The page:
Poet at Work: Notebooks in the Thomas Biggs Harned Collection of Walt Whitman Papers
In this essay, originally written for the 1995 online release of the four recovered Whitman notebooks, Alice L. Birney, American Literature Specialist, Manuscript Division, Library of Congress, describes the larger body of Whitman notebooks and how the poet used them to capture his thoughts and words.
In this essay originally written for the 1995 online release of the four recovered Whitman notebooks, Alice L. Birney, American Literature Specialist, Manuscript Division, Library of Congress, describes the larger body of Whitman notebooks and how the poet used them to capture his thoughts and words.
Although much attention was deservedly given to the 1995 return to the custody of the Library of Congress four Walt Whitman notebooks that had been missing for more than fifty years, it is important to consider the larger body of materials from which those four came. Among the approximate 3,000 items that Thomas Biggs Harned and later his son, Herbert S. Harned, donated or sold to the Library of Congress, there were a total of forty original Walt Whitman notebooks. In addition, there are other similar notebooks in the Charles E. Feinberg Collection of Walt Whitman Papers in the Library of Congress and several more notebooks each in collections held by Duke University, Yale University, New York Public Library, and other public repositories, as well as some others which are still in private hands.
It is safe to estimate that Whitman created at least one hundred notebooks of greatly varying sizes and descriptions. Some are basically commercial notebooks in which he wrote with any implement at hand (pencil stub, pen, crayon) and which he amended at will by cutting out and replacing pages and pasting in clippings, photographs or scraps of manuscripts. Others are home-made notebooks which he created by folding and/or cutting sheets of paper and fastening with a pin or ribbon. A few come down to us as loose sheets.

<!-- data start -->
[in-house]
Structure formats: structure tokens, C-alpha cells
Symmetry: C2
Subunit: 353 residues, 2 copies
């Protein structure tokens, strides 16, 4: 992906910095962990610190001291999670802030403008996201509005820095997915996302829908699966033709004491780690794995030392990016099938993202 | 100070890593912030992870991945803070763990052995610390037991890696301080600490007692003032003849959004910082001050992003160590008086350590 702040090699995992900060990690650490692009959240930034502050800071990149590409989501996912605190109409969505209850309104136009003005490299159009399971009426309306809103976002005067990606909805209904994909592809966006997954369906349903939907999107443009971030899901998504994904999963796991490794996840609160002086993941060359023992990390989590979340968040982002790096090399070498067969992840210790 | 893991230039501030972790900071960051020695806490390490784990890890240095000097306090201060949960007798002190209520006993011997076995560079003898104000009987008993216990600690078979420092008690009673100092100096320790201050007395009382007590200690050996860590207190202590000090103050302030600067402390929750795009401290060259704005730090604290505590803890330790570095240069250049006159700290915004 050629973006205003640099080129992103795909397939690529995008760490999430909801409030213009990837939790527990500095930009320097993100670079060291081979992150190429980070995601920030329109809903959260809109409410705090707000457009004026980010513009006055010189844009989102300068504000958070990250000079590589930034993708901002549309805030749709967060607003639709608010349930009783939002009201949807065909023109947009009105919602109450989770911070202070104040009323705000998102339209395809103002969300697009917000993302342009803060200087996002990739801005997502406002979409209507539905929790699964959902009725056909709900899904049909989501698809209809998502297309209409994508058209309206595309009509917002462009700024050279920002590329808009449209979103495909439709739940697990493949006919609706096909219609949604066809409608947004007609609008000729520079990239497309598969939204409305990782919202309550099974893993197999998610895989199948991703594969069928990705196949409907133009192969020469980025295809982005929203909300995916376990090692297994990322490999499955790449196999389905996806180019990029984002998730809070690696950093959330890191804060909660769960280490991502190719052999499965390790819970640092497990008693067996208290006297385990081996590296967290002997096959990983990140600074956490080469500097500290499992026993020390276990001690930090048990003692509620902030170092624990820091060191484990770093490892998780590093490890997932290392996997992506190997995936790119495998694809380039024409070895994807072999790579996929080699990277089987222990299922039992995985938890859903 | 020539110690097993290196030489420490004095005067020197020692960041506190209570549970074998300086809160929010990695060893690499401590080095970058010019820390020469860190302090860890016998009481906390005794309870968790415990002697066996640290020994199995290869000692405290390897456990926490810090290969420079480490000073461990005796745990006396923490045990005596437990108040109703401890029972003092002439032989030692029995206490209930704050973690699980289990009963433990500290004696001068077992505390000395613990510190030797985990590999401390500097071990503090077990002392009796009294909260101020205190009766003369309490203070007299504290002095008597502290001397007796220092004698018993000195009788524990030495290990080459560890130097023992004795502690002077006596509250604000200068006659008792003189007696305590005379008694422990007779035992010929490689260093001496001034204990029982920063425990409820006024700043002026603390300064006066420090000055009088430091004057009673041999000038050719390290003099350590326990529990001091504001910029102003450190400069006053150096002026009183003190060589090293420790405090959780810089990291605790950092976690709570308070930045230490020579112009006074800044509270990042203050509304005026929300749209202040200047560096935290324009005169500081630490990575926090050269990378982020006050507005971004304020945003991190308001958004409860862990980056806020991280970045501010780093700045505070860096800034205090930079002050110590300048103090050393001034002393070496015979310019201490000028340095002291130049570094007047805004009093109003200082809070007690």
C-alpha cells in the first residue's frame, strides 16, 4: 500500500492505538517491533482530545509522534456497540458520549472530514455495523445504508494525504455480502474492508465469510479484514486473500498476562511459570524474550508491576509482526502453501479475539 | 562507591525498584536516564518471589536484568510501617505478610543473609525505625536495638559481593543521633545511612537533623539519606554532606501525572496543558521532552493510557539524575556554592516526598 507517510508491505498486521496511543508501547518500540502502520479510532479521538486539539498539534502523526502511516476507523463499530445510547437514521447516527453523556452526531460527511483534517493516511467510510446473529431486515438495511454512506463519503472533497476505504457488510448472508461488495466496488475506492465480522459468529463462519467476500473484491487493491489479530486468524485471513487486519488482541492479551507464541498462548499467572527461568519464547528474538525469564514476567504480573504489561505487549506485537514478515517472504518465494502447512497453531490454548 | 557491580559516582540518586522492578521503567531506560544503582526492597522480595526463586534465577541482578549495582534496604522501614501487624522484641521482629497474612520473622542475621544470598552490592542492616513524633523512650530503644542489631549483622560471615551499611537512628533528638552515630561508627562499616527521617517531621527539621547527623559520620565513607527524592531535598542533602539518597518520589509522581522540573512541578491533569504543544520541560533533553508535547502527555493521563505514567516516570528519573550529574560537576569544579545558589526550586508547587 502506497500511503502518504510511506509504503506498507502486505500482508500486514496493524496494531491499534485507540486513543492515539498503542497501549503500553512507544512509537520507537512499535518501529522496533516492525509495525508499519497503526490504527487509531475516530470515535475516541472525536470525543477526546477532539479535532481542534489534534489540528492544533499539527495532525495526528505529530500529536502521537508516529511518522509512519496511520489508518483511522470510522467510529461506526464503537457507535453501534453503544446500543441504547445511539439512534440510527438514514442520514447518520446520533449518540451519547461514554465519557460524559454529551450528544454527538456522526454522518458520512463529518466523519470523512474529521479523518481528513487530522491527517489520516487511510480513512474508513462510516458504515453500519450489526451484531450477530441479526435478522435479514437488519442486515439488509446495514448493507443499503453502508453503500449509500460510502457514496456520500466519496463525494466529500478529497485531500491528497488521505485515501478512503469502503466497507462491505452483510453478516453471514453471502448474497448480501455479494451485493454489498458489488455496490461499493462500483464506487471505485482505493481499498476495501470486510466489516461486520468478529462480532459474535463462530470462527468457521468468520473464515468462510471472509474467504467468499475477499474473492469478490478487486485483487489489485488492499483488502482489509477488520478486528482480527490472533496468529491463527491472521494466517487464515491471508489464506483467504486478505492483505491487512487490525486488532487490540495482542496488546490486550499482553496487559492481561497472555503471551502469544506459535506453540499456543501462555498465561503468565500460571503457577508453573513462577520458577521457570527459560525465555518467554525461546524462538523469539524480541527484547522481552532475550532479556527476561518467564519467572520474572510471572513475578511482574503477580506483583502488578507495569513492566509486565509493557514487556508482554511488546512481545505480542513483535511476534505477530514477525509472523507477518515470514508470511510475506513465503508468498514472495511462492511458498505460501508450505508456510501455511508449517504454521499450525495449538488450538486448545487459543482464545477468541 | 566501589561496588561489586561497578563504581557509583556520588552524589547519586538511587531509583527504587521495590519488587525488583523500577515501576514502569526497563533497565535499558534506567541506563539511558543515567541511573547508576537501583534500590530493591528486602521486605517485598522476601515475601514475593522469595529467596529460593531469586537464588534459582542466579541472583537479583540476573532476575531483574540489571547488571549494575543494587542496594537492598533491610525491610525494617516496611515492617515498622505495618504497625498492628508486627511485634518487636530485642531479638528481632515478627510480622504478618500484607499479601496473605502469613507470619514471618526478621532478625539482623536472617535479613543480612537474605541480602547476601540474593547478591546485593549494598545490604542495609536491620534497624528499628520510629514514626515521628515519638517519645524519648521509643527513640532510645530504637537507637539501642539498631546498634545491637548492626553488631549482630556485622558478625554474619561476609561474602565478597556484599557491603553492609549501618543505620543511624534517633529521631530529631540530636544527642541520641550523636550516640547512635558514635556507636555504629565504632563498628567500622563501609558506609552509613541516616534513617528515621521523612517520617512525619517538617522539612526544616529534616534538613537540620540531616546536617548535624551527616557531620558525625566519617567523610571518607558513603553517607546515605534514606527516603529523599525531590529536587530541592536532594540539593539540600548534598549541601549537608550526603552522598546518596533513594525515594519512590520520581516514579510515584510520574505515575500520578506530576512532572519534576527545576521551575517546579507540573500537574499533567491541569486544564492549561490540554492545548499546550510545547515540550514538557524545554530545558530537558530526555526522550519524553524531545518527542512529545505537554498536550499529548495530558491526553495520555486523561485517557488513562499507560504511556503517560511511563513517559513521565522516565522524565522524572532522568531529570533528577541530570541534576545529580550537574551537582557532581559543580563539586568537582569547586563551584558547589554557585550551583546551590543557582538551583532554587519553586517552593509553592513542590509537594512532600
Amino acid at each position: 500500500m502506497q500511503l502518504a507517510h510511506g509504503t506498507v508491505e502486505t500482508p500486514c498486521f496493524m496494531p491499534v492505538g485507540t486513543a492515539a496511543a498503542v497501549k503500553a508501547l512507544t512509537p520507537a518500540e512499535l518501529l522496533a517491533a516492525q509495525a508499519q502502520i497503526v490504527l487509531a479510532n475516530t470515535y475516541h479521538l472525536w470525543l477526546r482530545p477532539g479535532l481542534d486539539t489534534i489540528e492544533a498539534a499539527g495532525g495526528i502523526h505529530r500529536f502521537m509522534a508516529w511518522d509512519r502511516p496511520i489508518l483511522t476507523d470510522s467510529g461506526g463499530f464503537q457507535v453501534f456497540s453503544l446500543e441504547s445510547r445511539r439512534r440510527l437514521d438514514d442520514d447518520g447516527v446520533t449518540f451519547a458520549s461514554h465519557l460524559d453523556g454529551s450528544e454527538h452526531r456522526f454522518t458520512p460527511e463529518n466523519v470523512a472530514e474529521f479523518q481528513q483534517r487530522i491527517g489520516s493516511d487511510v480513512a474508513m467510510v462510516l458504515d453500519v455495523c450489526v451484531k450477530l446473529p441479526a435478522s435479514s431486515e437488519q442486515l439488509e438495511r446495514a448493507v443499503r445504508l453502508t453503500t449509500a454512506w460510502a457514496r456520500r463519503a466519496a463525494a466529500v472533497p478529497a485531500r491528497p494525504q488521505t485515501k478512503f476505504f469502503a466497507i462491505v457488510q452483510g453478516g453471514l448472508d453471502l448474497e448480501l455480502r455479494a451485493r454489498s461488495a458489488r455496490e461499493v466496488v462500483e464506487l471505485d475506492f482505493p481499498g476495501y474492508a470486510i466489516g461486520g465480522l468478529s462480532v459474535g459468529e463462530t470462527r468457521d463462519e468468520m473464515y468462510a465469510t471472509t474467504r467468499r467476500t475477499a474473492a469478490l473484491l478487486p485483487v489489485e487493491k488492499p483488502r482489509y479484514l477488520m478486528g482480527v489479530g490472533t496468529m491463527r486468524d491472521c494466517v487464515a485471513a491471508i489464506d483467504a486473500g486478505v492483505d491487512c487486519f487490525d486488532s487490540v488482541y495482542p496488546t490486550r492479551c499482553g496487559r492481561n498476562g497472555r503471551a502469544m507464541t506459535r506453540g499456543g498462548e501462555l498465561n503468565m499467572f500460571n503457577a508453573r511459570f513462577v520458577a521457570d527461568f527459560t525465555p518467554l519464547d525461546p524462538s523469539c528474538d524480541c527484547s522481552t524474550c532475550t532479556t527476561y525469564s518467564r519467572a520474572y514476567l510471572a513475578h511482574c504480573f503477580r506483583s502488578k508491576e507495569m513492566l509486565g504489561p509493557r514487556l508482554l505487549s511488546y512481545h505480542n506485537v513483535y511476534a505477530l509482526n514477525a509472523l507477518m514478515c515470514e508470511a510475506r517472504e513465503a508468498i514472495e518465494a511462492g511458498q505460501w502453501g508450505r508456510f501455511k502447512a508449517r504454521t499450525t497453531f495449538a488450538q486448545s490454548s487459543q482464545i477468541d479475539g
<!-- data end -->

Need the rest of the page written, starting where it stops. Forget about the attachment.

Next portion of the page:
In these typical writer’s notebooks, Whitman jotted down thoughts in prose and expressions in poetry. The earliest examples include journalistic entries with ideas for articles he might write. His first trial lines for what would soon become part of the 1855 edition of Leaves of Grass appear in an early notebook which bears an internal date of 1847; it was his habit, however, to use these notebooks over a number of years, filling in blank pages at will, and the remarkable trial flights of verse for "Song of Myself" in it are likely to date closer to 1854.
In the Civil War years, he was more apt to carry tiny notebooks in his shirt pocket in which he took notes about the needs and wants of wounded soldiers whom he visited and comforted in the hospitals in and near Washington, D.C. In these he noted what treats a soldier might like on the next visit — raspberry syrup, rice-pudding, notepaper and pencil — or notes and addresses of family to whom Whitman would then write in place of the gravely wounded or dead young man. Occasionally he would also describe scenes on the battle-field, probably from reports from others in the camps.
In later years, he used the notebooks for literary lecture notes, drafts of poems, and recording of national events, such as how New York City looked the day after Lincoln's assassination. Many notebooks have become known by their very partial contents, when in reality each book is apt to cover many subjects. The wide range of topics in the other notebooks demonstrate the great diversity of subjects included in the poet's reading and range of interests: English history and literature; Lucretius, Shakespeare and Spanish literary masterpieces; physique and the science of swimming; faith, death and organized religion; the Presbyterian Church in Jamaica, Long Island; oratory and lecturing; his 1869 trip to Boston; notes on Columbus and on Lincoln; slavery, democracy and the meaning of America.
Whitman cut out many pages of the four notebooks that had been recovered in 1995. These excised pages apparently had been used earlier for more mundane purposes, such as accounting. In re-sewing the books to incorporate some loose pages, the Library's conservators kept the stubs of the cut pages intact. Thus, such missing pages are included in the numbering but bear no text.